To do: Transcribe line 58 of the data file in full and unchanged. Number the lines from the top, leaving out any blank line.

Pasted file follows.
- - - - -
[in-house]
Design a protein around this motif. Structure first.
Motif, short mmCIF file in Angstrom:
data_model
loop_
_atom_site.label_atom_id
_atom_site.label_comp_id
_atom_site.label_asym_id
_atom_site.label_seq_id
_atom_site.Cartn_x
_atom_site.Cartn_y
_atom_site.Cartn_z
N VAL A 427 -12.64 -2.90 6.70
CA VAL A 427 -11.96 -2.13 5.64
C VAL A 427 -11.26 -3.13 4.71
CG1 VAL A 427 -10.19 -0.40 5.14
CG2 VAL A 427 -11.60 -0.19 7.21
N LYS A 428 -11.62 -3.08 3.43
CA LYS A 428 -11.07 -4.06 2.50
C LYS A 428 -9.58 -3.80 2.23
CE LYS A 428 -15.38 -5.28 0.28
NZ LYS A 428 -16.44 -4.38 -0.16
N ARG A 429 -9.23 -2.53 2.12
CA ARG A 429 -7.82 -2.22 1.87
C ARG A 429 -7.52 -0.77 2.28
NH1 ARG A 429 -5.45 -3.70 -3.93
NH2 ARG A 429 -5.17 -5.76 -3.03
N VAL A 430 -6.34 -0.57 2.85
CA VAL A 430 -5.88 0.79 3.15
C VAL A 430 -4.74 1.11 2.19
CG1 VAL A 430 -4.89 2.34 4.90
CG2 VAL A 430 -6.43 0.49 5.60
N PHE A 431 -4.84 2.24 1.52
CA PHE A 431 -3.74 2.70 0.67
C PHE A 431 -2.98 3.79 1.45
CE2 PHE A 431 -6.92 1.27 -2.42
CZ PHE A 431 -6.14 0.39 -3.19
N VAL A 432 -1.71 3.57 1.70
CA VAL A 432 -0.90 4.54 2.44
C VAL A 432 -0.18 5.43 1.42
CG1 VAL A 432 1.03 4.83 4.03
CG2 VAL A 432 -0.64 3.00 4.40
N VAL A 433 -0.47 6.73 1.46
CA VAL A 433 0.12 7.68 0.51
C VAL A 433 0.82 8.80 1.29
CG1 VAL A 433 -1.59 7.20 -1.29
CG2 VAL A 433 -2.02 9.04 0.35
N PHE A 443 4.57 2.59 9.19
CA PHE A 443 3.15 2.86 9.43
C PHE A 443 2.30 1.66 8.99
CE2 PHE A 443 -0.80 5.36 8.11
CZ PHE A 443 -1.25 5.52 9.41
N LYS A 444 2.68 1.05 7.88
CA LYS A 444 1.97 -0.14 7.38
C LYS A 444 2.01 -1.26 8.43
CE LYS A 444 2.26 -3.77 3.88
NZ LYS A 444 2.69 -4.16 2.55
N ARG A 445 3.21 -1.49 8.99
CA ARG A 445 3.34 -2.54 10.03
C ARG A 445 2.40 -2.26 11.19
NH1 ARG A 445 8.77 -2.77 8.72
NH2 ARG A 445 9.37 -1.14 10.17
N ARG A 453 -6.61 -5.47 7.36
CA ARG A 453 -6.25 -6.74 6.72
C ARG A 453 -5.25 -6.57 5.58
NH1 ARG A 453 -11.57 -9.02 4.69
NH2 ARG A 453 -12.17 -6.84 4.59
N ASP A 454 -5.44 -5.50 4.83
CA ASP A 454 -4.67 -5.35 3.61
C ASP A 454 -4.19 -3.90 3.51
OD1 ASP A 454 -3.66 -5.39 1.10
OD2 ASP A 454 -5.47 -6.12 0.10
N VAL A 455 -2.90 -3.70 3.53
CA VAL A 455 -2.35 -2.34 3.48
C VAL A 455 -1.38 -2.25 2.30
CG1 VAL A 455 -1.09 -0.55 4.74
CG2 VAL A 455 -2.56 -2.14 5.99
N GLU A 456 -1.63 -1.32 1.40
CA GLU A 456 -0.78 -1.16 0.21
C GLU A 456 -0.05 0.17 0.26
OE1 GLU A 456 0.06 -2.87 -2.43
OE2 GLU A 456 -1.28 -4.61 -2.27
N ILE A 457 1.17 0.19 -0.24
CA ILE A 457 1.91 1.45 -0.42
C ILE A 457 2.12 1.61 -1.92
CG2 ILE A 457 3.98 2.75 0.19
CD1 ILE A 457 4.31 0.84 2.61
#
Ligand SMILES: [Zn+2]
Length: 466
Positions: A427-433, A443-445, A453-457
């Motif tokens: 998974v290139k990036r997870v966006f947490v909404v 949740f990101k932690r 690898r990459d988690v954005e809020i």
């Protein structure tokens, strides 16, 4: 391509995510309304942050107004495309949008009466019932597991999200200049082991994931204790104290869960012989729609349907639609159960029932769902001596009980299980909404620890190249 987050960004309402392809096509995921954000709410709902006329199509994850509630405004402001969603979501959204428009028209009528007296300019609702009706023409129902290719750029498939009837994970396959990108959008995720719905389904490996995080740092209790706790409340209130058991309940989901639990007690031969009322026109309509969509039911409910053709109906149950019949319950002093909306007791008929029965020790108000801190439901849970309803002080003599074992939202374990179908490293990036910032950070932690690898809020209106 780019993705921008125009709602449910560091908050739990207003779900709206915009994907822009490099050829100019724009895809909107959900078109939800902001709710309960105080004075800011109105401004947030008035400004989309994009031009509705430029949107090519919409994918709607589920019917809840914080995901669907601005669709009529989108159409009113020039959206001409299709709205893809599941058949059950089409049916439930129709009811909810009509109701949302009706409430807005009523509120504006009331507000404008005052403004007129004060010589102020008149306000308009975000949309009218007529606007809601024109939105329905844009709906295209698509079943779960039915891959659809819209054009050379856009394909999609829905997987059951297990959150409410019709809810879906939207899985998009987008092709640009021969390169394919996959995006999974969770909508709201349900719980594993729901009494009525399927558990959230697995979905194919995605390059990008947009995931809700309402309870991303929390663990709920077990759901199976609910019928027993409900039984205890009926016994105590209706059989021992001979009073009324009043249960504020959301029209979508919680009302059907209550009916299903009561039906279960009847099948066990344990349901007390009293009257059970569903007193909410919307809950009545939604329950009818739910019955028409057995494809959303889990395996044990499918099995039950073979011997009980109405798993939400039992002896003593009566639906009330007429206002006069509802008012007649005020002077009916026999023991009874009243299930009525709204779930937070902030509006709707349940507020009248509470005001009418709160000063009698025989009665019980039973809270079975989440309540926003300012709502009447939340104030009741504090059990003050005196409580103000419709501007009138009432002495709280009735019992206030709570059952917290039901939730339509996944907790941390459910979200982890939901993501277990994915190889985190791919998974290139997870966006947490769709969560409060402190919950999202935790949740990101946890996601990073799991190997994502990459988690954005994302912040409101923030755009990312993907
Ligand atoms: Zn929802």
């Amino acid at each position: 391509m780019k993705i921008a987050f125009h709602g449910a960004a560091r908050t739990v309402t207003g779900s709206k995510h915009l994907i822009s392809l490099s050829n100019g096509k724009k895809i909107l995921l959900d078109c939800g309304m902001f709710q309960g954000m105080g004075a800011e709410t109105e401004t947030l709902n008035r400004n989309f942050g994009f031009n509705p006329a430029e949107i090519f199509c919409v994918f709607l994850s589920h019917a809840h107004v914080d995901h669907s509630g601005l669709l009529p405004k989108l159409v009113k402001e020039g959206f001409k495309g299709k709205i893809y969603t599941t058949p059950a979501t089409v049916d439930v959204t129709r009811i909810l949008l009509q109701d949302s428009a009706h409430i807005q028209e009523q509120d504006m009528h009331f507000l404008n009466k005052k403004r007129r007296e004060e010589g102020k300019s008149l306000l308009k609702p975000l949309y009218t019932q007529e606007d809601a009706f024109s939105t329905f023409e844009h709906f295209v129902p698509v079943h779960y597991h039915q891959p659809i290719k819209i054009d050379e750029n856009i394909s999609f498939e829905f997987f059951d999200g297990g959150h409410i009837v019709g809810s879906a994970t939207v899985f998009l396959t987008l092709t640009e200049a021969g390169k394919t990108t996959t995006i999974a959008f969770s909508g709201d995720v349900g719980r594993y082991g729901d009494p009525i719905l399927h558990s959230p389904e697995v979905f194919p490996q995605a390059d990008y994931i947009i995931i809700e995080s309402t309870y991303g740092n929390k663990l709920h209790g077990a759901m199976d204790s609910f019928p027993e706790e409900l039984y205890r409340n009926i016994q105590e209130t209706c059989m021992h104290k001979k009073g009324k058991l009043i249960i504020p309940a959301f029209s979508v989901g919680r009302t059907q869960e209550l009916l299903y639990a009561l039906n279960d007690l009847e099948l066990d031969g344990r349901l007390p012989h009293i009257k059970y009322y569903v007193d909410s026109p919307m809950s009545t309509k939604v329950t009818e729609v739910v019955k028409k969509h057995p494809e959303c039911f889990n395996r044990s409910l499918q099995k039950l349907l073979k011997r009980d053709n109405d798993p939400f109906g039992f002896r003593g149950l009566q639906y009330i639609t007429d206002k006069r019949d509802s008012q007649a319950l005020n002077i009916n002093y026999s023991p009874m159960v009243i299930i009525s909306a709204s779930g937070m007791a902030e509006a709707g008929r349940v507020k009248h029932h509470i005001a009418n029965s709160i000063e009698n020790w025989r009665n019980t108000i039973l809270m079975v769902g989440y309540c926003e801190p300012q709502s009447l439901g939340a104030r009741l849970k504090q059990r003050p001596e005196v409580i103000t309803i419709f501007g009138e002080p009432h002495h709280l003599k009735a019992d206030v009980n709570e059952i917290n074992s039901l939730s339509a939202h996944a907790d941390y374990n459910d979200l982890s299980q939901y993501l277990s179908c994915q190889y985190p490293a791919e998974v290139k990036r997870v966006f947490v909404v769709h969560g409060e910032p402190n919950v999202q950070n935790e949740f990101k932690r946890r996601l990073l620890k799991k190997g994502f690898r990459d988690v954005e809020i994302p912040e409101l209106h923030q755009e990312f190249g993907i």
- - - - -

N ARG A 445 3.21 -1.49 8.99